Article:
(1542–1616). He set up a new capital at Edo (modern-day Tokyo). From smallbeginnings, Edo grew to be the largest city in the world by the eighteenthcentury. A large section of the population consisted of samurai warriors andtheir families who were forced by law to spend half their time in the capital.This benefited the merchants who served them so that many of theselower-class townsmen became very rich, with money and time to spare.These people had their own tastes and interests,and new kinds ofentertainment and art developed to satisfy their needs. Kabuki theatres andteahouses flourished, as did the Yoshiwara, the official pleasure quarterwhere they could enjoy music, dance, drinking and conversation with thefemale
entertainers, or if they could afford it, sexual pleasures with
,high-class courtesans or prostitutes. This was a world where they couldforget the problems of their everyday life and float along on a stream ofpleasure. It came to be called
, ‘Floating World’, and the paintings andprints depicting these pleasures were called
, ‘Floating World pictures’.In particular the demand for woodblock prints grew because they couldbe produced in large numbers and, typically, cost little more than adouble-helping of noodles. Skilled artists and craftsmen worked fast to keepup with the fashions – to show a celebrity actor in his latest role or a newcourtesan who was causing a sensation in the Yoshiwara. Techniques formaking full-colour prints were perfected in the 1760s and several outstandingartists emerged, such as Kitagawa Utamaro (d.1806), renowned for his
‘beautiful women’, and Tõshûsai Sharaku (fl.1794–95), celebrated for hisactor prints.
Production of a single print was very labour intensive, involving the skills offour different specialists, sometimes described as the ‘
quartet’: theartist, block-cutter, printer and publisher. The artist, like Kuniyoshi,first drewa design in brush and ink. Kuniyoshi’s preliminary drawings are startling intheir spontaneity. Corrections could be made to the drawings by pasting onafresh piece of thin paper. Many examples of Kuniyoshi’s corrected drawingssurvive. Once satisfied with the design, the artist copied it neatly onto verythin paper andit could be shown to the official censor and stamped withhissmall seal of approval.The paper was then pasted face down onto a cherry-wood block, and allthe cutting was done in reverse. The average Japanese print is approximately36 x 25 cm, the size limited by the width of a cherry-tree trunk. This is onereason why artists often produced diptychs (two sheets) or triptychs (threesheets) to give themselves more space. Kuniyoshi made exciting artisticinnovations in the compositions of his triptychs, often linking the threesheetswith one large dynamic motif.Next, the paper was rubbed with oil to make the lines of the designvisible. Now the block-cutter took over, using a variety of knives, chiselsandgouges to carve out the areas between the lines – including all theinscriptions, signatures and seals. This was the first or ‘key’ block, and was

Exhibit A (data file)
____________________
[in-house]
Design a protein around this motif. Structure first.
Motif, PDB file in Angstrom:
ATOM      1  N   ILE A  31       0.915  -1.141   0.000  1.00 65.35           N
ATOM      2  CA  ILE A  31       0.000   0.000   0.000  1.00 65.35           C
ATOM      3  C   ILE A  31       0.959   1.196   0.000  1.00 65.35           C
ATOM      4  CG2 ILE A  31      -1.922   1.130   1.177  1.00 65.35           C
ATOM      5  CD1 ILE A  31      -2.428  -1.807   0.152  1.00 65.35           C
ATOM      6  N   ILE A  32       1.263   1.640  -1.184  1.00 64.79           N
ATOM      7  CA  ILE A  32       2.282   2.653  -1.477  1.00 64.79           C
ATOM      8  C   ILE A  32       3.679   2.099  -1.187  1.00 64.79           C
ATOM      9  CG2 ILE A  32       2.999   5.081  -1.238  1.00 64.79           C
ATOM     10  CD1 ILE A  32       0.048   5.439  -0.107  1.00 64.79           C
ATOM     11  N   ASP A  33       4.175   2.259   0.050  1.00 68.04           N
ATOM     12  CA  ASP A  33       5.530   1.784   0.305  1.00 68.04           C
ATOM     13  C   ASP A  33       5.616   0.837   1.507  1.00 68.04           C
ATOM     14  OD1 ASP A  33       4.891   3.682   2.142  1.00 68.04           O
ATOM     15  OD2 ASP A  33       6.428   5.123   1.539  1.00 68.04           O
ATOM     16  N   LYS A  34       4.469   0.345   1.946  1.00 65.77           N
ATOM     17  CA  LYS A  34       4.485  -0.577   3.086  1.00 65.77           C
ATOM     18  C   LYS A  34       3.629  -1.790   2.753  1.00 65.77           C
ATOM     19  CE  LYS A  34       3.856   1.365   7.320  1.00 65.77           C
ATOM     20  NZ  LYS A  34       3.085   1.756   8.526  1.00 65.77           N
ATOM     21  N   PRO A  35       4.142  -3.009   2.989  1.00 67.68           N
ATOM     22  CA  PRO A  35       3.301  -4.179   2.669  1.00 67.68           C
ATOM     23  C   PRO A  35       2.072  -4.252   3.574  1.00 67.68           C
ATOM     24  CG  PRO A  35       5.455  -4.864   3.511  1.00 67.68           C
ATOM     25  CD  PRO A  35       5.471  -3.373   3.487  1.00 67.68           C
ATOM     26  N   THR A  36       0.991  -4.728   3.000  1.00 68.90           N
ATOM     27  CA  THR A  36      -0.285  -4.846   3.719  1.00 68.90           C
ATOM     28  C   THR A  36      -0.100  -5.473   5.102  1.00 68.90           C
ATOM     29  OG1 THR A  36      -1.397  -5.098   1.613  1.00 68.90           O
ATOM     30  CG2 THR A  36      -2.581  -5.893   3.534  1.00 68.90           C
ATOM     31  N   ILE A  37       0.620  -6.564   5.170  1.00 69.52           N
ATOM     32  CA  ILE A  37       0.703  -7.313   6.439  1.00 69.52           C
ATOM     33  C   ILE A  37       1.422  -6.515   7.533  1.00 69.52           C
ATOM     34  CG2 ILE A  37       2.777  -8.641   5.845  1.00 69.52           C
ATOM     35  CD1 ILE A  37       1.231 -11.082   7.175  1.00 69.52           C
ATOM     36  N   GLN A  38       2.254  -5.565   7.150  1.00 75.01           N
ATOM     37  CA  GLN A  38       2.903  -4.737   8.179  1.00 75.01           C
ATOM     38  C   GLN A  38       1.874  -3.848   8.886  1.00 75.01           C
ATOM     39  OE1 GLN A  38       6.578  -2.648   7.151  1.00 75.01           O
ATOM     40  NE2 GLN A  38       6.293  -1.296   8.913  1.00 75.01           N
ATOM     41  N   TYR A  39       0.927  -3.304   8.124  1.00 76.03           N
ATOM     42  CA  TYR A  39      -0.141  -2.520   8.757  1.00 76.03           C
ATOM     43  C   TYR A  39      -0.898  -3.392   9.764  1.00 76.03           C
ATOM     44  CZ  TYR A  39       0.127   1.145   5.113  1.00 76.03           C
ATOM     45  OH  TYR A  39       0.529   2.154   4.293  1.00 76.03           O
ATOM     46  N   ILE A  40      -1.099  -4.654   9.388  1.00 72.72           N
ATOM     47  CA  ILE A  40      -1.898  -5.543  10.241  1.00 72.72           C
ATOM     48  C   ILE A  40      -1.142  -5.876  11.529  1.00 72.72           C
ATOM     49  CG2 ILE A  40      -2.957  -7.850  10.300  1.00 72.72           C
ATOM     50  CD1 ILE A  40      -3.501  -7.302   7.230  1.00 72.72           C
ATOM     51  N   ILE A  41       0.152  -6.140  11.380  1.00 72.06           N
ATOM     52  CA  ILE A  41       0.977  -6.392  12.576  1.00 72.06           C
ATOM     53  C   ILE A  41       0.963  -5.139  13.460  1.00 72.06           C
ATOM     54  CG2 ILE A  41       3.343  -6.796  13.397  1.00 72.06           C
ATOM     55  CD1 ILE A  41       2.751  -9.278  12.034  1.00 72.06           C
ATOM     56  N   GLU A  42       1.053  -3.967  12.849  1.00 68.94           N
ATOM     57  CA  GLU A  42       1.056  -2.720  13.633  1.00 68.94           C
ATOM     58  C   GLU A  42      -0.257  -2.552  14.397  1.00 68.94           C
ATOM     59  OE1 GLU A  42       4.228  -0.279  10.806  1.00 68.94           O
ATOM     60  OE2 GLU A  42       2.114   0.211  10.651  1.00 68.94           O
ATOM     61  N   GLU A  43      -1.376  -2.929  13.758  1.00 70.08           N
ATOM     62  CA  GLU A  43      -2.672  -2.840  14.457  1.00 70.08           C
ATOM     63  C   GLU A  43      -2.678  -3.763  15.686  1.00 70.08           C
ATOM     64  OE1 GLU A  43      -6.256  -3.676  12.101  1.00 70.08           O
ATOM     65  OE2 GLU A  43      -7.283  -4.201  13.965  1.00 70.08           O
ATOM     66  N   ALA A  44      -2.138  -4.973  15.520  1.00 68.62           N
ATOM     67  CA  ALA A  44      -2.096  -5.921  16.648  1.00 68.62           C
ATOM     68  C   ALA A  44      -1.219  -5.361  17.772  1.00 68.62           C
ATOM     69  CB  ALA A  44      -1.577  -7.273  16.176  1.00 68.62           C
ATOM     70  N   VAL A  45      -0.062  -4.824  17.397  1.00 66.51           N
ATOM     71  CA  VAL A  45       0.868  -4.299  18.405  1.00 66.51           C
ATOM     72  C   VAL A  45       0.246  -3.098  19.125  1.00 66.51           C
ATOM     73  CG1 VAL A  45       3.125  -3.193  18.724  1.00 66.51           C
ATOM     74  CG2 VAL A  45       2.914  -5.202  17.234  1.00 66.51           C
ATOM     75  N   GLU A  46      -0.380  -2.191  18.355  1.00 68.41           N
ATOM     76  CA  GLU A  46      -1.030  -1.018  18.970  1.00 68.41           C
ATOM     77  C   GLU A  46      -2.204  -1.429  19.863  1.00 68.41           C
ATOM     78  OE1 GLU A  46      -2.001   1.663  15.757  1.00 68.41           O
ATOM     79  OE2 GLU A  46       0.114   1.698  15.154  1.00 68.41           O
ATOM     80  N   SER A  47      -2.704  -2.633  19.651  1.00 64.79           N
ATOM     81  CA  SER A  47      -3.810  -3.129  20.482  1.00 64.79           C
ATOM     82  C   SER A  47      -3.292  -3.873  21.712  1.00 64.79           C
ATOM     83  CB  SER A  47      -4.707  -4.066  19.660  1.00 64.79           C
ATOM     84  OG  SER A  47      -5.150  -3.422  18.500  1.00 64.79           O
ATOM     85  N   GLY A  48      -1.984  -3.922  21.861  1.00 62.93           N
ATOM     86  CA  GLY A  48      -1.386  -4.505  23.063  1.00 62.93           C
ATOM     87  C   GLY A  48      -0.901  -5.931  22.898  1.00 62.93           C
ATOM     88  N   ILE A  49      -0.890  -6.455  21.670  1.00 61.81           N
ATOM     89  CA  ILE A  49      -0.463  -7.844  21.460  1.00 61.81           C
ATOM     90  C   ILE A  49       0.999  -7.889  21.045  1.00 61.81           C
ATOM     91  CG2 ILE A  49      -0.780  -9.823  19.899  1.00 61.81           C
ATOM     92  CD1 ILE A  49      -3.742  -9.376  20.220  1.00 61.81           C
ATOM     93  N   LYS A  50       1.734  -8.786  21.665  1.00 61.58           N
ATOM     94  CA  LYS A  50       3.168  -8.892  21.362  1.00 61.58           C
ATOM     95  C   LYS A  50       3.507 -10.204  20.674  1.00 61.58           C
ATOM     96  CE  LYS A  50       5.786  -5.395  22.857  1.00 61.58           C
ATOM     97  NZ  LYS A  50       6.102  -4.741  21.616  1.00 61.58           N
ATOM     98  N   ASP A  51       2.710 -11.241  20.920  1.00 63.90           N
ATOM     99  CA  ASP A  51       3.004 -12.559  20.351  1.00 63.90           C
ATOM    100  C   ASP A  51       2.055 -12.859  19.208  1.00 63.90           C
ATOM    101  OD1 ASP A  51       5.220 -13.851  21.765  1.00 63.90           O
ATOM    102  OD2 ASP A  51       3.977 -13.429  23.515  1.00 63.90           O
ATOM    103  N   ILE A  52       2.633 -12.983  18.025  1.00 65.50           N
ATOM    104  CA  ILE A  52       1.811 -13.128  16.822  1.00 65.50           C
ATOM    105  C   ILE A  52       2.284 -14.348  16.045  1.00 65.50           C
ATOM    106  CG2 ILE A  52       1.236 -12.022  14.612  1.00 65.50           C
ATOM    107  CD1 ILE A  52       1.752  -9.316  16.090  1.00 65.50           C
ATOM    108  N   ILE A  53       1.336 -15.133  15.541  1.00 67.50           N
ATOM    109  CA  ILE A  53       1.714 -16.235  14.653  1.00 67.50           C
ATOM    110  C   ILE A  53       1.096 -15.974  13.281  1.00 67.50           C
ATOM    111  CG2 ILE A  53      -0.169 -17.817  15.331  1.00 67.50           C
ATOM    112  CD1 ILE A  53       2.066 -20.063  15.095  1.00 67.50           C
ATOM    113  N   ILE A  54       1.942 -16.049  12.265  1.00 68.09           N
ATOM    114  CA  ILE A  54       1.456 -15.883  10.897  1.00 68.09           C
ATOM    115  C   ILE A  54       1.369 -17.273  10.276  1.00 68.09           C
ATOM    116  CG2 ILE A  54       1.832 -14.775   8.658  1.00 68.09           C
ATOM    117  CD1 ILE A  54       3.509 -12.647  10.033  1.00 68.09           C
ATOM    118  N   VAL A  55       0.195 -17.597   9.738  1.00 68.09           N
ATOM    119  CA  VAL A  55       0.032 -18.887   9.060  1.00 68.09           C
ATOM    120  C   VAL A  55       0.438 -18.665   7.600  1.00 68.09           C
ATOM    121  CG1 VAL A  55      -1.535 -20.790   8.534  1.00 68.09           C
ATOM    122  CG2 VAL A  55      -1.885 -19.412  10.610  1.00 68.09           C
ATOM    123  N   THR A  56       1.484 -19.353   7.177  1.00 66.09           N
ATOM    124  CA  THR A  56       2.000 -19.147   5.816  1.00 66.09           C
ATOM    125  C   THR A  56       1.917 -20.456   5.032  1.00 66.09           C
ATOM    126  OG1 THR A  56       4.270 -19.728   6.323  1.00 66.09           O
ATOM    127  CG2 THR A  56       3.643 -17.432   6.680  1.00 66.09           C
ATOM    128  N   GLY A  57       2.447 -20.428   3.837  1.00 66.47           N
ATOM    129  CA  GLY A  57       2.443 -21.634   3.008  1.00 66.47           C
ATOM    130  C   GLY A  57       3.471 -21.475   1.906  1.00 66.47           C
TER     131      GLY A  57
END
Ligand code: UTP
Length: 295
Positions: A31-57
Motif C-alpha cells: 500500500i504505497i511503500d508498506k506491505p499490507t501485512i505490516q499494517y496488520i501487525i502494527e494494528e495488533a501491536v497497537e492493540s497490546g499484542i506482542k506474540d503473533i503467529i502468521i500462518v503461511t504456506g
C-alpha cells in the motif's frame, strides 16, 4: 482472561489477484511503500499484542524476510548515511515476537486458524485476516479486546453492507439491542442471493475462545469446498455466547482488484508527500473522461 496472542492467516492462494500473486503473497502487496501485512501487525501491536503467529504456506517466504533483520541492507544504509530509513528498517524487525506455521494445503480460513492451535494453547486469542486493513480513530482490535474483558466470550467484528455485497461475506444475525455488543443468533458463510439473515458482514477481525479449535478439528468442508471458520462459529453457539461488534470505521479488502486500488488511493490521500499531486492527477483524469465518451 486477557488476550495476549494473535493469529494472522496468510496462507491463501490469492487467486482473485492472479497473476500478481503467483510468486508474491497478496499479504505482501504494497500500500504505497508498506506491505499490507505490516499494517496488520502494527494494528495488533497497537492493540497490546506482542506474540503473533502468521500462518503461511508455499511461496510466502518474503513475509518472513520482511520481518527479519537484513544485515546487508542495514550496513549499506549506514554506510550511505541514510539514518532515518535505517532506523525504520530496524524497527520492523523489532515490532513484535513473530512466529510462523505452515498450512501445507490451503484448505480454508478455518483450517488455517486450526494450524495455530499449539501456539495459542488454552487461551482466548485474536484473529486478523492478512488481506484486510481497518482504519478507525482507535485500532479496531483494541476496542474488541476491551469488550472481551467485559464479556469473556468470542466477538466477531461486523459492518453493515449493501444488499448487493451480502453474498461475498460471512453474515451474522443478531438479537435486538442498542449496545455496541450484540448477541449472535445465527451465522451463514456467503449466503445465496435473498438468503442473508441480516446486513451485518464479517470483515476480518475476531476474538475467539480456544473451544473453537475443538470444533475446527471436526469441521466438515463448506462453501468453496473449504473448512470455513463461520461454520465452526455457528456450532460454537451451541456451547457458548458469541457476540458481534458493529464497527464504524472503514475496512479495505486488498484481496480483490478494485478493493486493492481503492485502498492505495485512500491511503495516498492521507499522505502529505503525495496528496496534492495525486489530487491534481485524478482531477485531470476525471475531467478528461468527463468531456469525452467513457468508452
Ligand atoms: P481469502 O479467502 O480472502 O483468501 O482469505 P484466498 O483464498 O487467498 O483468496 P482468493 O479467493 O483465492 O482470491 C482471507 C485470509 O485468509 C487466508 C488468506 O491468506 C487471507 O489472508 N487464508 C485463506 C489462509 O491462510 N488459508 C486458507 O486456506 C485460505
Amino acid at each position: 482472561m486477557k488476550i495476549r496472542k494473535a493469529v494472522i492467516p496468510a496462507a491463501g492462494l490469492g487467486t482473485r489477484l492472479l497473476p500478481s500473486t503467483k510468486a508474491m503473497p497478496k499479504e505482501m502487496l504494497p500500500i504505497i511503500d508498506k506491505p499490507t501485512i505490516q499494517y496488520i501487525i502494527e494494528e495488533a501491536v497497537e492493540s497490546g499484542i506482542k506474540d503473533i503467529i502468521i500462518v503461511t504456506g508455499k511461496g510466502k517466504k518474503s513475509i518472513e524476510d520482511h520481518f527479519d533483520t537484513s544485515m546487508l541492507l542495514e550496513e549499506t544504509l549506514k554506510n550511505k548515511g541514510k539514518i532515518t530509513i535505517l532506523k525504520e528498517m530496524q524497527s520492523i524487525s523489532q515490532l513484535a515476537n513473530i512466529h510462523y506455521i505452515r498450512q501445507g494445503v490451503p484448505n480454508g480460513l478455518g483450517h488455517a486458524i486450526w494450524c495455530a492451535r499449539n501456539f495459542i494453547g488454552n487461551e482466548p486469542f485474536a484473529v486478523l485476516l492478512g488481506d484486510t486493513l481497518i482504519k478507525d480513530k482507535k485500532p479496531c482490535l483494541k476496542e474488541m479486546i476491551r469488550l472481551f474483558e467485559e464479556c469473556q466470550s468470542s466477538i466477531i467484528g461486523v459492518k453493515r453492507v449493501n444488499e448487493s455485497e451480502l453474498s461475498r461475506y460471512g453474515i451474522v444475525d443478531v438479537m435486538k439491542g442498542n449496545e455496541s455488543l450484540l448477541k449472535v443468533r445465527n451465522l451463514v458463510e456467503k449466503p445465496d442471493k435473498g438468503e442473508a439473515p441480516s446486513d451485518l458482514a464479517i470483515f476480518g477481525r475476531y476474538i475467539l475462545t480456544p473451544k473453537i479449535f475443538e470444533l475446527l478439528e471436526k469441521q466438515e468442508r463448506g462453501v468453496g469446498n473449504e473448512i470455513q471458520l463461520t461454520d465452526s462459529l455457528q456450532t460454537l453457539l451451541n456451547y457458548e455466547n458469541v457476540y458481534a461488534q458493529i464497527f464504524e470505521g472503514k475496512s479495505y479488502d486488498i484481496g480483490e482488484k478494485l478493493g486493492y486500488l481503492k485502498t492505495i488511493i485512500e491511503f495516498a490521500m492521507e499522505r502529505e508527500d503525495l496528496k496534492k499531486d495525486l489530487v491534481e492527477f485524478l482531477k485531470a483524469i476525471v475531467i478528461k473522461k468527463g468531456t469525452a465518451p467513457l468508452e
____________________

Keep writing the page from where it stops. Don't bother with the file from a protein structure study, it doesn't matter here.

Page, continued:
‘Living only for themoment, turning our fullattention to the pleasuresof the moon, the snow,thecherry blossoms andthemaples, singing songs,drinking wine, anddiverting ourselves justinfloating, floating,caringnot a whit forthepoverty staring us intheface, refusing to bedisheartened, like a gourd,floating along with theriver current: This is whatwe call
Asai Ryõi,
Tales of the FloatingWorld, c.
Self-portrait paintingÕtsupictures,
1848Colour woodblock,
triptych36.4 × 25.2 cm (centre sheet)
Fitzwilliam Museum, Cambridge,given by T.H. Riches 1913(P.3656-R)Photo Fitzwilliam Museum,Cambridge
Kuniyoshi taught himself to draw as a young boy and studied foratimewith Toyokuni I (1769–1825), the leading
artist of the day.Hiscareerhad a slow start until he finally made his breakthrough with thewarrior print series entitled ‘One of the 108 Heroes of the Popular
Water Margin
’ (
.1827–30). He went on to design as many as 10,000 differentprints during his working life. One series of 51 designs sold a total of 408,000sheets. Kuniyoshi was also interested in Western techniques of perspectiveand chiaroscuro (shading). He collected hundreds of Western pictures andused Dutch models in some of his series in the 1840s. One of his best friendsand patrons was the poet Umenoya Kakuju, also called Sakichi (1801–65),who shared his sense of humour. Sakichi may well have organised a paintingparty at a restaurant in 1853 at which Kuniyoshi was asked to make a vastwarrior painting spread over the floor. As a climax to the entertainment,hefamously stripped off his cotton kimono and used it to paint in thefinishing touches.
At the beginning of the seventeenth century, the warring provinces of Japanwere finally united under one military ruler, the shogun Tokugawa Ieyasu